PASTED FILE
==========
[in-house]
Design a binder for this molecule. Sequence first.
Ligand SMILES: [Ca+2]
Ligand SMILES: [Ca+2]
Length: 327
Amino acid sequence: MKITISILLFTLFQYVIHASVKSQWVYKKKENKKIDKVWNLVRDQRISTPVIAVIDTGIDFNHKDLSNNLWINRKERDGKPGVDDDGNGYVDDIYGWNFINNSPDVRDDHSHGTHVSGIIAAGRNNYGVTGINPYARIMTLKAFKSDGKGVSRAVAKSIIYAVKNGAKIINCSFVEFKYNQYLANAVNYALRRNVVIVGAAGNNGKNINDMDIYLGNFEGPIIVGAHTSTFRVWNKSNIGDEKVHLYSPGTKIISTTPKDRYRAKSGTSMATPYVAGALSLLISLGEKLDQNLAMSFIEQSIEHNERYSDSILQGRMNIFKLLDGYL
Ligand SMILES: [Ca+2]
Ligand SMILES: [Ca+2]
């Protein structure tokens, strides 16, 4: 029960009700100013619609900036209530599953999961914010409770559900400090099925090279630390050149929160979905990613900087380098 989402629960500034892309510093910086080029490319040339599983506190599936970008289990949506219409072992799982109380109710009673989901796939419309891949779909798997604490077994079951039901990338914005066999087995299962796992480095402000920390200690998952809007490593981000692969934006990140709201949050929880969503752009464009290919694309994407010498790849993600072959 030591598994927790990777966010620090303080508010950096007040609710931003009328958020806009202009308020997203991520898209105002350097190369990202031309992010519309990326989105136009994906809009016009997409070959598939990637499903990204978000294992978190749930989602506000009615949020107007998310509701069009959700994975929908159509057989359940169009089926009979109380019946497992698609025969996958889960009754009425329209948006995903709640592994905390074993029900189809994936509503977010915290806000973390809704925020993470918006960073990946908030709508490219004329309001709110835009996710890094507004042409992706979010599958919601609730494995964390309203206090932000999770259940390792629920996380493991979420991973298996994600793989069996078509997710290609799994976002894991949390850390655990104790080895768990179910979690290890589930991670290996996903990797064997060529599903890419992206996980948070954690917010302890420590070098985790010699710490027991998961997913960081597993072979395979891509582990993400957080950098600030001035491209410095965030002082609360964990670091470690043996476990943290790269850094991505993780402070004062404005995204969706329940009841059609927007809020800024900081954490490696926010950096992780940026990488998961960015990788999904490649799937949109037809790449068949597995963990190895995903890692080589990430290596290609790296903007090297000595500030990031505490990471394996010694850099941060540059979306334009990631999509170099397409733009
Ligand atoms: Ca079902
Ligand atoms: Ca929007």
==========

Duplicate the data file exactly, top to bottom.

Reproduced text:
[in-house]
Design a binder for this molecule. Sequence first.
Ligand SMILES: [Ca+2]
Ligand SMILES: [Ca+2]
Length: 327
Amino acid sequence: MKITISILLFTLFQYVIHASVKSQWVYKKKENKKIDKVWNLVRDQRISTPVIAVIDTGIDFNHKDLSNNLWINRKERDGKPGVDDDGNGYVDDIYGWNFINNSPDVRDDHSHGTHVSGIIAAGRNNYGVTGINPYARIMTLKAFKSDGKGVSRAVAKSIIYAVKNGAKIINCSFVEFKYNQYLANAVNYALRRNVVIVGAAGNNGKNINDMDIYLGNFEGPIIVGAHTSTFRVWNKSNIGDEKVHLYSPGTKIISTTPKDRYRAKSGTSMATPYVAGALSLLISLGEKLDQNLAMSFIEQSIEHNERYSDSILQGRMNIFKLLDGYL
Ligand SMILES: [Ca+2]
Ligand SMILES: [Ca+2]
């Protein structure tokens, strides 16, 4: 029960009700100013619609900036209530599953999961914010409770559900400090099925090279630390050149929160979905990613900087380098 989402629960500034892309510093910086080029490319040339599983506190599936970008289990949506219409072992799982109380109710009673989901796939419309891949779909798997604490077994079951039901990338914005066999087995299962796992480095402000920390200690998952809007490593981000692969934006990140709201949050929880969503752009464009290919694309994407010498790849993600072959 030591598994927790990777966010620090303080508010950096007040609710931003009328958020806009202009308020997203991520898209105002350097190369990202031309992010519309990326989105136009994906809009016009997409070959598939990637499903990204978000294992978190749930989602506000009615949020107007998310509701069009959700994975929908159509057989359940169009089926009979109380019946497992698609025969996958889960009754009425329209948006995903709640592994905390074993029900189809994936509503977010915290806000973390809704925020993470918006960073990946908030709508490219004329309001709110835009996710890094507004042409992706979010599958919601609730494995964390309203206090932000999770259940390792629920996380493991979420991973298996994600793989069996078509997710290609799994976002894991949390850390655990104790080895768990179910979690290890589930991670290996996903990797064997060529599903890419992206996980948070954690917010302890420590070098985790010699710490027991998961997913960081597993072979395979891509582990993400957080950098600030001035491209410095965030002082609360964990670091470690043996476990943290790269850094991505993780402070004062404005995204969706329940009841059609927007809020800024900081954490490696926010950096992780940026990488998961960015990788999904490649799937949109037809790449068949597995963990190895995903890692080589990430290596290609790296903007090297000595500030990031505490990471394996010694850099941060540059979306334009990631999509170099397409733009
Ligand atoms: Ca079902
Ligand atoms: Ca929007």